The Centers for Medicare and Medicaid Services (CMS) crafted a narrow definition of the off-the-shelf orthoses that could be subject to a competitive bidding program, according to an American Orthotic & Prosthetic Association (AOPA) press release.
Under this new definition, off-the-shelf devices will be limited to those that “require minimal self-adjustment for appropriate use and do not require expertise in trimming, bending, molding, assembling or customizing to fit the individual.”
CMS also proposes that “minimal self-adjustment” mean adjustments that a beneficiary, caregiver or supplier can perform without the assistance of a certified orthotist. A certified orthotist is defined by CMS as someone certified by either the American Board for Certification in Orthotics and Prosthetics Inc., or the Board for Orthotist/Prosthetist Certification.
This proposal, which grew out of the Medicare Modernization Act of 2003, is included in the notice of proposed rulemaking for the competitive acquisition for certain durable medical equipment, prosthetics, orthotics and supplies published by the Department of Health and Human Services on April 24.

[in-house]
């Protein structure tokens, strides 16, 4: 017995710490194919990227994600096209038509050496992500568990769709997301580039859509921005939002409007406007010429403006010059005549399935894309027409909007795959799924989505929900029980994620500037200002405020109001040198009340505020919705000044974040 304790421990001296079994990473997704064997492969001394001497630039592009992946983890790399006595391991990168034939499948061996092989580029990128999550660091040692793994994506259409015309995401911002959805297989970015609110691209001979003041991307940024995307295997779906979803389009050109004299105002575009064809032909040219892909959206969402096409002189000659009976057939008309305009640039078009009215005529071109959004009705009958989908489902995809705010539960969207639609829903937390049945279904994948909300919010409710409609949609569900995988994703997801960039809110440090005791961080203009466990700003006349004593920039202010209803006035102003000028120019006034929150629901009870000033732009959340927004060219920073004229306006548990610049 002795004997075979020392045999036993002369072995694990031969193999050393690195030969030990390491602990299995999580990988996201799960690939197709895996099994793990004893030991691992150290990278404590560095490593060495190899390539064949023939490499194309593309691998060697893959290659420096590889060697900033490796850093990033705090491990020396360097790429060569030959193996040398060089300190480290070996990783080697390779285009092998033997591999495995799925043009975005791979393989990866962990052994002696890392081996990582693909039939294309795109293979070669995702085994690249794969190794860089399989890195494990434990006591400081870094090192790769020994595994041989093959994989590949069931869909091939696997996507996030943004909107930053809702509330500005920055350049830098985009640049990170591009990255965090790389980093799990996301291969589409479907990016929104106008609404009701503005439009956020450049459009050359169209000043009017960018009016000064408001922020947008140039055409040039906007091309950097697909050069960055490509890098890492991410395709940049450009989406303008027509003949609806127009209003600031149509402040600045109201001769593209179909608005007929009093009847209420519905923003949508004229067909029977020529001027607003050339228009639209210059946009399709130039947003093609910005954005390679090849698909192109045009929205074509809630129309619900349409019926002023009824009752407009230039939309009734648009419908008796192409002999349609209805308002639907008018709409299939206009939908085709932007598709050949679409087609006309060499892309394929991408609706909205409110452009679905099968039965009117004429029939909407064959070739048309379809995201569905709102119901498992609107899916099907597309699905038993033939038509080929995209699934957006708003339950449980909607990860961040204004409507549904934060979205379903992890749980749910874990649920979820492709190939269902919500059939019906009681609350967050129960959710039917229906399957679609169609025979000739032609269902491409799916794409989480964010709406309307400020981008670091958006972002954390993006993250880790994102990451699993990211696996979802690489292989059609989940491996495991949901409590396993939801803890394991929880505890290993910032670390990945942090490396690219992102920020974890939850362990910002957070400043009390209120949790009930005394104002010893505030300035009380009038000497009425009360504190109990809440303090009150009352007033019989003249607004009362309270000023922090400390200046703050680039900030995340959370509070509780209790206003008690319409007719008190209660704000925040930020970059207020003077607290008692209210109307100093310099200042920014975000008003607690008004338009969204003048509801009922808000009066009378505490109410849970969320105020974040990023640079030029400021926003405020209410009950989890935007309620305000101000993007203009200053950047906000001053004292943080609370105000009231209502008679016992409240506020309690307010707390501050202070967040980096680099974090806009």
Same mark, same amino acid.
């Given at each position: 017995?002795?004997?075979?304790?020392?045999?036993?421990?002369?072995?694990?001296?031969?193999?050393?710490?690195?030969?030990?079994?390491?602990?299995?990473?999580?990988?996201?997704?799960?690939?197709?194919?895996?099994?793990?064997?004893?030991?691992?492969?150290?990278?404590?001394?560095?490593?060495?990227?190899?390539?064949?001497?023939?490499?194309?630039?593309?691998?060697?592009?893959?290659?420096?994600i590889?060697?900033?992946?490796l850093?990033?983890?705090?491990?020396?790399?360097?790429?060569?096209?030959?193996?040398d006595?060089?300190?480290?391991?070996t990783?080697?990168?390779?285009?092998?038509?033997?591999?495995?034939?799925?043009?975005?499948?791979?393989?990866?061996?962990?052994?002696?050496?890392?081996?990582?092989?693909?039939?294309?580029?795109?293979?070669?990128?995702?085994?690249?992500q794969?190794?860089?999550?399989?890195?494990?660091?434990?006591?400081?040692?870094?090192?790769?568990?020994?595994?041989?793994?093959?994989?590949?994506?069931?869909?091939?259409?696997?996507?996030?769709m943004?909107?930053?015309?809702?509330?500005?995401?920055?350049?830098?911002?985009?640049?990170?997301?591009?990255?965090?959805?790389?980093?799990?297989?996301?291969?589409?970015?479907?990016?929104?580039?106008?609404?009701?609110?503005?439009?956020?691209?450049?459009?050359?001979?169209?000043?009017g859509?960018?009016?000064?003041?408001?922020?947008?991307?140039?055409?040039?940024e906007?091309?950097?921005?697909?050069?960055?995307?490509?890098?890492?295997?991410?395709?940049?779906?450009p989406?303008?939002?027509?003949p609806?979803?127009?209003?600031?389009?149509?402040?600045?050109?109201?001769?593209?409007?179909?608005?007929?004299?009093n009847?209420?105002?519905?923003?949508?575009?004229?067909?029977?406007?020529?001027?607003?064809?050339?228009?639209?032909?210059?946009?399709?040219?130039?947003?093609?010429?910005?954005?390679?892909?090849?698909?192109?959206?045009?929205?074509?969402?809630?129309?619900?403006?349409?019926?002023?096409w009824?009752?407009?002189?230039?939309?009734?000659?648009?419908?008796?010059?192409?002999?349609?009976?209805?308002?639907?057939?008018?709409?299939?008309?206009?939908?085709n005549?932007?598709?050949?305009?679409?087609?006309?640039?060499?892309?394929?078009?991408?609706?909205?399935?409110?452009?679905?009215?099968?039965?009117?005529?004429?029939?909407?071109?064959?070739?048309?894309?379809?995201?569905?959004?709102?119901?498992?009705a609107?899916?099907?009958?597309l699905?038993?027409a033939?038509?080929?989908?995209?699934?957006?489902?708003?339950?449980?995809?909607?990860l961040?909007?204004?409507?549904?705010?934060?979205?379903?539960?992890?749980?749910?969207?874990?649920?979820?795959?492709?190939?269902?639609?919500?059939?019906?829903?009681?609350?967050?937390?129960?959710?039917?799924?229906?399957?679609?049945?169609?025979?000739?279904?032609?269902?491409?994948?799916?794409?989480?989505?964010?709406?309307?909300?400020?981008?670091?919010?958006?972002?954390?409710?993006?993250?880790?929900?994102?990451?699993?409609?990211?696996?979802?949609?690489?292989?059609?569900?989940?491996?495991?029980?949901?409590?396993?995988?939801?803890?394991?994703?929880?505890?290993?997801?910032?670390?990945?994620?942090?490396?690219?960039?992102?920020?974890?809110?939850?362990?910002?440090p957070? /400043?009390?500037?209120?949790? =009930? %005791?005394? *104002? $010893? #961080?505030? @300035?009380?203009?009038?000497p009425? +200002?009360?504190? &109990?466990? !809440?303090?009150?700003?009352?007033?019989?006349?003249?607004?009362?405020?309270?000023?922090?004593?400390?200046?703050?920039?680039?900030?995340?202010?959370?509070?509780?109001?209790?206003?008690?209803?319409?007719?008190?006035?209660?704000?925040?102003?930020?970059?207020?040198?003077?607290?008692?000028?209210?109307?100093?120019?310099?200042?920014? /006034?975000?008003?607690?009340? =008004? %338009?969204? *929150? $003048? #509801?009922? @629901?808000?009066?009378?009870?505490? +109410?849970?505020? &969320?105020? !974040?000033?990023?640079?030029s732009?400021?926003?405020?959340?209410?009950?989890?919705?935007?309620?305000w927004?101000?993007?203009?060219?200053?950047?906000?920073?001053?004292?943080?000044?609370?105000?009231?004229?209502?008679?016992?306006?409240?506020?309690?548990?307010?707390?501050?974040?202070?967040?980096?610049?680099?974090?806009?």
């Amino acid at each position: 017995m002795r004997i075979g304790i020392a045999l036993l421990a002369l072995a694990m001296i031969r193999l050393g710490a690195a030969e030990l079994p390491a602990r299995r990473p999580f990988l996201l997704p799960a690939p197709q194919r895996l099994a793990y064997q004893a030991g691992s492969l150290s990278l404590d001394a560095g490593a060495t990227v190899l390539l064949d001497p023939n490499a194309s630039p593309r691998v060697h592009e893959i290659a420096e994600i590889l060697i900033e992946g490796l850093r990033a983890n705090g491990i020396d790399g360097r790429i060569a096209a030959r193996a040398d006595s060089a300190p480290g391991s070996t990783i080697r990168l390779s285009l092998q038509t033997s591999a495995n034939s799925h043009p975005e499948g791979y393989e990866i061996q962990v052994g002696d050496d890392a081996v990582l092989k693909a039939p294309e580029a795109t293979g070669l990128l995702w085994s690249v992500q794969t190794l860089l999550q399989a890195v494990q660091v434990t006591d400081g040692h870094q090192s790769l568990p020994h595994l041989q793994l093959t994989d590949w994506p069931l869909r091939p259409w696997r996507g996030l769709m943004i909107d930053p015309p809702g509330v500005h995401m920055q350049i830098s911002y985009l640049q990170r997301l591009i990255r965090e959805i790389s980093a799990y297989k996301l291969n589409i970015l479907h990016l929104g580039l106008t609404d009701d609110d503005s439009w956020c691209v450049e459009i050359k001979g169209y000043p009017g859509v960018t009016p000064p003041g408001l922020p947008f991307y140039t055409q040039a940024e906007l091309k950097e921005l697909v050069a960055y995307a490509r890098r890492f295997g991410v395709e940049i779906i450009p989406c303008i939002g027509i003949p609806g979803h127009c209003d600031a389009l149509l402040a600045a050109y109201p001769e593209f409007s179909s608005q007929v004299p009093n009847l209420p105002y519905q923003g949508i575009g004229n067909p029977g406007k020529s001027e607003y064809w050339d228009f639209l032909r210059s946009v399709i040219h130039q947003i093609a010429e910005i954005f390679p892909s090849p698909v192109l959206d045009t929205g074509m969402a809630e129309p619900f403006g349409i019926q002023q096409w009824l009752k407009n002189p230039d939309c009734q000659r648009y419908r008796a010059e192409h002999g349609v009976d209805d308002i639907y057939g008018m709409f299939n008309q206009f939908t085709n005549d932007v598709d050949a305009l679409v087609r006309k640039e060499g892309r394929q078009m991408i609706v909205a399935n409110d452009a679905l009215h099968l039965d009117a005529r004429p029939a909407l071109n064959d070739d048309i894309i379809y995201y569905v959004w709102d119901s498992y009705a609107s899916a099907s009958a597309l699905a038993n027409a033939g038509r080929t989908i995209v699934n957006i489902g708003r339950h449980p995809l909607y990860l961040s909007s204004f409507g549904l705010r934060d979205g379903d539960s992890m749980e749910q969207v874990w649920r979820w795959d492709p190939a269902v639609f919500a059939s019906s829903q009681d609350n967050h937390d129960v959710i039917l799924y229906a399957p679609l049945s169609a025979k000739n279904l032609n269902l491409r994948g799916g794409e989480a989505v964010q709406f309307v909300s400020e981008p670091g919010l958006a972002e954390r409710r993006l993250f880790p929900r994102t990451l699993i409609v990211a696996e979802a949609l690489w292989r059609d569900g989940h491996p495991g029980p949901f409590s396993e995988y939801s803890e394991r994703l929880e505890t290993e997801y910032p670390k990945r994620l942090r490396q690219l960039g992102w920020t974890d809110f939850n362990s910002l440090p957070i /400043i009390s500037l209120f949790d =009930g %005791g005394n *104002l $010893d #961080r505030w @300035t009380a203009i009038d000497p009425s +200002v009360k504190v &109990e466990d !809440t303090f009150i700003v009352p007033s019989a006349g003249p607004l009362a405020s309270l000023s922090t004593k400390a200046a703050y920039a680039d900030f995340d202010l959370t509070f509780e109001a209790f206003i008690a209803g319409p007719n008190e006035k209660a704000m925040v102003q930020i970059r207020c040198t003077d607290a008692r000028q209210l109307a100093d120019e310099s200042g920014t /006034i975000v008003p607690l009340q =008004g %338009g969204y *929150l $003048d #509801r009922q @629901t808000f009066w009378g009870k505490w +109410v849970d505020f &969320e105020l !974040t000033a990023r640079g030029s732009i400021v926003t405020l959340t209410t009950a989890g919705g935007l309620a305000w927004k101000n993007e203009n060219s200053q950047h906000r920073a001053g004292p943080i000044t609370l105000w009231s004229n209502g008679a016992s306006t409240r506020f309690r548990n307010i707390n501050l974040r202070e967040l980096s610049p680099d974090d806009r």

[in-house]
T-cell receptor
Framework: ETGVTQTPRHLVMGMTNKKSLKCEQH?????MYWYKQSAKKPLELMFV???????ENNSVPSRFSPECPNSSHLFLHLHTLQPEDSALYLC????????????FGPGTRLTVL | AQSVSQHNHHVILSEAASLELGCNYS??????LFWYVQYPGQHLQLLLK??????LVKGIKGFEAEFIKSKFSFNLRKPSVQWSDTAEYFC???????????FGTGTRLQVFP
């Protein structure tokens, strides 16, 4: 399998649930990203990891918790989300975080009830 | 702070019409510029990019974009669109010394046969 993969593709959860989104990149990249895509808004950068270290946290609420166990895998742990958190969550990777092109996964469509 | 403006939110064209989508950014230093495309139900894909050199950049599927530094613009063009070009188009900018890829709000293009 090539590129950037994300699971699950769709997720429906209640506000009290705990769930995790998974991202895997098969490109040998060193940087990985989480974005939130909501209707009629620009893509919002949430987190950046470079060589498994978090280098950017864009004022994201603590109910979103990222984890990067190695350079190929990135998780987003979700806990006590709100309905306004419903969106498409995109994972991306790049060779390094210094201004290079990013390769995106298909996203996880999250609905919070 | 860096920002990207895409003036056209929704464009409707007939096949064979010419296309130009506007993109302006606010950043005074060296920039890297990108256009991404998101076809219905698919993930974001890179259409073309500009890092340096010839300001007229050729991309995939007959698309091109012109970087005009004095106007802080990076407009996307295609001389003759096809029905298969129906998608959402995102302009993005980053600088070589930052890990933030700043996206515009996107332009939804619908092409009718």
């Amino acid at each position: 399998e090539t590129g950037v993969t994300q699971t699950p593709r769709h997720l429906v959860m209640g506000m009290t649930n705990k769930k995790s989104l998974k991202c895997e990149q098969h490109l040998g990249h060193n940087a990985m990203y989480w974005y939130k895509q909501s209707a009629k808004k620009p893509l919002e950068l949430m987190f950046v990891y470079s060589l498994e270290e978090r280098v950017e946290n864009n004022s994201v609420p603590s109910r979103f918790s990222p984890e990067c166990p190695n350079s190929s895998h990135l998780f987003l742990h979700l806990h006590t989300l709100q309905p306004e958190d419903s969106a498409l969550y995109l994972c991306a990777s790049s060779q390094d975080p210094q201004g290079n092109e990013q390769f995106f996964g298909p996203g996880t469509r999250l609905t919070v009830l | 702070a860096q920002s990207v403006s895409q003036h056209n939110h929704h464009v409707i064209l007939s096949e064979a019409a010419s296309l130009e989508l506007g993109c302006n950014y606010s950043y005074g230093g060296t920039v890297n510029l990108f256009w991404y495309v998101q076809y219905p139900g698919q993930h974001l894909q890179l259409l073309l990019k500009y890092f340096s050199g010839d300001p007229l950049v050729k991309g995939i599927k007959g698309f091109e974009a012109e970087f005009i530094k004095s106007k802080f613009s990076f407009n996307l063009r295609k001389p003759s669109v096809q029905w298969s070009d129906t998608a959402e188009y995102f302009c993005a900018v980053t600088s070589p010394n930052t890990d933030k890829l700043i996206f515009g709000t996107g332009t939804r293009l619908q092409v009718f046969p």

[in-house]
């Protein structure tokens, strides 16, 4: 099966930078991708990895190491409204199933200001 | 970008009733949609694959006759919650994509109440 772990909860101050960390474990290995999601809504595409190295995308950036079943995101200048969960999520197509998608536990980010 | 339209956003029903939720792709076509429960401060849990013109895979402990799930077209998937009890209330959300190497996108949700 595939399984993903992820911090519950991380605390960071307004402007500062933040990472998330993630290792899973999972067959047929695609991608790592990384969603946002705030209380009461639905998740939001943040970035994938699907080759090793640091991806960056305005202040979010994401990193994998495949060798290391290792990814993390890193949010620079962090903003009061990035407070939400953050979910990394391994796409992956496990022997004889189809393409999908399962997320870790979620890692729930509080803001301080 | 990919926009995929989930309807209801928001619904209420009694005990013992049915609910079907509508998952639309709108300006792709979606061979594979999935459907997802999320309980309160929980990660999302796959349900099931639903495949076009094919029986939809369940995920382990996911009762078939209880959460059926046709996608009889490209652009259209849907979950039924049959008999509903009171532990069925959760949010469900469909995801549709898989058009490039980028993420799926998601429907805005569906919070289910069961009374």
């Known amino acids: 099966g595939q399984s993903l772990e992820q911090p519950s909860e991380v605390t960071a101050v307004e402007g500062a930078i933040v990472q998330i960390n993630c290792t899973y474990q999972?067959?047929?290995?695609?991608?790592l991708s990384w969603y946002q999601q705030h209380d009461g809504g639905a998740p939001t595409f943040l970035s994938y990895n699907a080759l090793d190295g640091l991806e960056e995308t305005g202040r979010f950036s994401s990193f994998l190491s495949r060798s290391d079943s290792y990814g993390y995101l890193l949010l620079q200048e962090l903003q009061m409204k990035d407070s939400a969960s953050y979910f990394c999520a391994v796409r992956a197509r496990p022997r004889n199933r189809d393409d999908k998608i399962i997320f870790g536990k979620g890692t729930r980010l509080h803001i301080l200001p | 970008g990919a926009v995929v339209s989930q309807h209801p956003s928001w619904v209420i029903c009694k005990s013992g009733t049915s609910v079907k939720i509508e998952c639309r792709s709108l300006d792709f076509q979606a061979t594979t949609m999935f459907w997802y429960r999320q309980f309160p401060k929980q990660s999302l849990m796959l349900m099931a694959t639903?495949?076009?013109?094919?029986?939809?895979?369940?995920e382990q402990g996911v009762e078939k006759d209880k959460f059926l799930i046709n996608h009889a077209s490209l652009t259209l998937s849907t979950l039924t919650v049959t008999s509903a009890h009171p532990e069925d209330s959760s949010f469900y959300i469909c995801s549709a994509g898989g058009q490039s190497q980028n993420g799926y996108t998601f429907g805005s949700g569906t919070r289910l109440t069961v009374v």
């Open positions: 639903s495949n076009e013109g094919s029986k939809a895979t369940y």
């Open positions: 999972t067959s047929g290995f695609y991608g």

AOPA president Walter R. Racette, CPO, said, “the approach recommended by CMS is a giant leap toward improving the quality of care available to Medicare beneficiaries who require orthotic and prosthetic services and will reduce opportunities for fraud and abuse by unscrupulous Medicare providers. It also further differentiates O&P from durable medical equipment and recognizes that the provision of comprehensive O&P care requires a level of clinical knowledge and expertise unique to a certified practitioner. AOPA has been a long-time proponent of each of these positions.”
“It is clear that this proposal will be strongly challenged by other interests, yet AOPA and its partners in the Orthotic and Prosthetic Alliance will work diligently to see that the proposal remains intact in the final regulation that will be issued by Medicare later this year,” added AOPA executive director Tyler Wilson.
Had such an approach been in place sooner, it is possible that some of the most egregious examples of fraud relating to O&P, including the 2004 Florida case in which 21,000 prostheses were paid for by Medicare at a cost of more than $120 million of taxpayer money, could have been prevented.
With the publication of the notice of proposed rulemaking, AOPA sees the longtime efforts of the association and the other members of the Orthotic and Prosthetic Alliance coming to fruition. AOPA hopes that O&P professionals will recognize the significance of this development and play an active role in continuing the political momentum that has been established.
A summary of the Medicare competitive bidding proposal was distributed to AOPA members in May.